• Entrants have from Wednesday, October 7, 2020 at noon EDT until Tuesday, November 10, 2020 at noon EST to register online at the State Department’s official Diversity Visa lottery website.
  • Lottery applications must conform to the State Department’s strict requirements.

To view entire article, click here.


United States, October 1, 2020

Stopgap Spending Measure Broadens USCIS Premium Processing, Temporarily Extends Expiring Immigration Programs

  • A stopgap spending measure signed into law by President Trump funds the U.S. government through December 11, 2020, while also broadly expanding the USCIS premium processing program to include many employment-based case types and increase the base fee to $2,500, from $1,440.
  • Though the law took effect immediately, it could take several weeks or more for USCIS to implement the expanded premium program.
  • The measure also extends E-Verify, the EB-5 Regional Center program and other expiring programs through December 11, 2020, while Congress continues to debate the FY 2021 federal budget.

To view entire article, click here.


France, September 30, 2020

French Implementation Widens Posted Worker Directive Scope

  • Following French implementation of the Revised Posted Worker Directive on July 30, 2020, which reduced the period during which a posted worker in France can remain under certain home country labor laws to 12 months (or 18 months following an extension declaration), Fragomen received additional information on the scope of implementation.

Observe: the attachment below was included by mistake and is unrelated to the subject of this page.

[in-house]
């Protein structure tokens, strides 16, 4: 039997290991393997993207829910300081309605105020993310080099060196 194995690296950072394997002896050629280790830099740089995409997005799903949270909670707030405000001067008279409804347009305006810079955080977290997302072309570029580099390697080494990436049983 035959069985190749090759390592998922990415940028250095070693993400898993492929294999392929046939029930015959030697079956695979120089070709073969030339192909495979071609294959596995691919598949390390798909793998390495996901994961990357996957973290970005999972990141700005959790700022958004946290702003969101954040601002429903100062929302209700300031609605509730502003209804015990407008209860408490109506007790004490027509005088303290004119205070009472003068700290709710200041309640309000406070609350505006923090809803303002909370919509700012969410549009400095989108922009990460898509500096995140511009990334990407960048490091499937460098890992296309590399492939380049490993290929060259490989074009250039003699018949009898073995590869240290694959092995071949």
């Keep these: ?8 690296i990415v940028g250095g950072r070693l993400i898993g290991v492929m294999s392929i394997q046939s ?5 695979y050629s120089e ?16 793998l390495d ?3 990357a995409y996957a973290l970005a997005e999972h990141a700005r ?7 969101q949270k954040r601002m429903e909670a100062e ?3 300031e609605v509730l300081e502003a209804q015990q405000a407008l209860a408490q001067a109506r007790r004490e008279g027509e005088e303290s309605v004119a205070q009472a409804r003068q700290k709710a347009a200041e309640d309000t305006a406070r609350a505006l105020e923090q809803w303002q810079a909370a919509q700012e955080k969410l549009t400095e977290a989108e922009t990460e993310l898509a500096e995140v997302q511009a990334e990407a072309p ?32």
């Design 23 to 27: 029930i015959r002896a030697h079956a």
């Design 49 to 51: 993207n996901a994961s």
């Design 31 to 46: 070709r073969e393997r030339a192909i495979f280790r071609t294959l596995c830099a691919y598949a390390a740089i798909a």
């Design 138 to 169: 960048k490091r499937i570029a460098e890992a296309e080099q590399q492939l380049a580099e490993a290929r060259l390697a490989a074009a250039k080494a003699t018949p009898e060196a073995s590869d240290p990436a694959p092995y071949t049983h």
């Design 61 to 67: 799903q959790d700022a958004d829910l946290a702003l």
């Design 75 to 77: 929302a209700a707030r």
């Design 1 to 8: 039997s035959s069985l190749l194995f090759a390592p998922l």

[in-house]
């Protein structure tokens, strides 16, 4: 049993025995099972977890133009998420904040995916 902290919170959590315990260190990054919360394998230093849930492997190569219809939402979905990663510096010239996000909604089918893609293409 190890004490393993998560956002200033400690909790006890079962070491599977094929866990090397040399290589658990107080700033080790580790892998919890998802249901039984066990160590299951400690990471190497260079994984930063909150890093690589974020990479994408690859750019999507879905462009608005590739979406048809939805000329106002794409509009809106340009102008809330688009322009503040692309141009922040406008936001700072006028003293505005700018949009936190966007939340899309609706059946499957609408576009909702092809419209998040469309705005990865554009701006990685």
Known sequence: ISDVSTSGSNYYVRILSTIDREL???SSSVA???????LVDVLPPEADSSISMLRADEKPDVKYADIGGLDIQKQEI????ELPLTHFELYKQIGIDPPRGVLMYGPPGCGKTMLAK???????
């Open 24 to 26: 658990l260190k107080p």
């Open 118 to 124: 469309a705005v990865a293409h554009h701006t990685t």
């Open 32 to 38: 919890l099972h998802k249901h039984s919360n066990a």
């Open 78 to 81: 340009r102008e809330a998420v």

• The clarification expands the scope of the directive by making it applicable to all types of secondments (intra-company transfer and international provision of services), regardless of the posted worker’s home country, with one exception for the transportation sector. This is more expansive than the scope of the general EU Posted Workers Directive.
  • As a result, affected employers should review the length of employment terms of workers posted to France so they can apply to extend the application of certain home country labor laws, if required.


To view entire article, click here.


United Kingdom, September 30, 2020

Migration Advisory Committee Publishes Shortage Occupation List Review

  • In its review, the Migration Advisory Committee recommends approximately 20 occupations on the UK-wide Shortage Occupation List, including roles related to senior health and social care, electricians and graphic designers, among others.
  • It also recommended creating separate additional shortage lists for Scotland, Northern Ireland and Wales.


To view entire article, click here.


United States, September 29, 2020

Federal District Court Blocks Enforcement of DHS Fee Rule

  • A federal district court has issued a nationwide preliminary injunction that prohibits the Department of Homeland Security from enforcing a regulation that was set to increase USCIS filing fees as of October 2, 2020.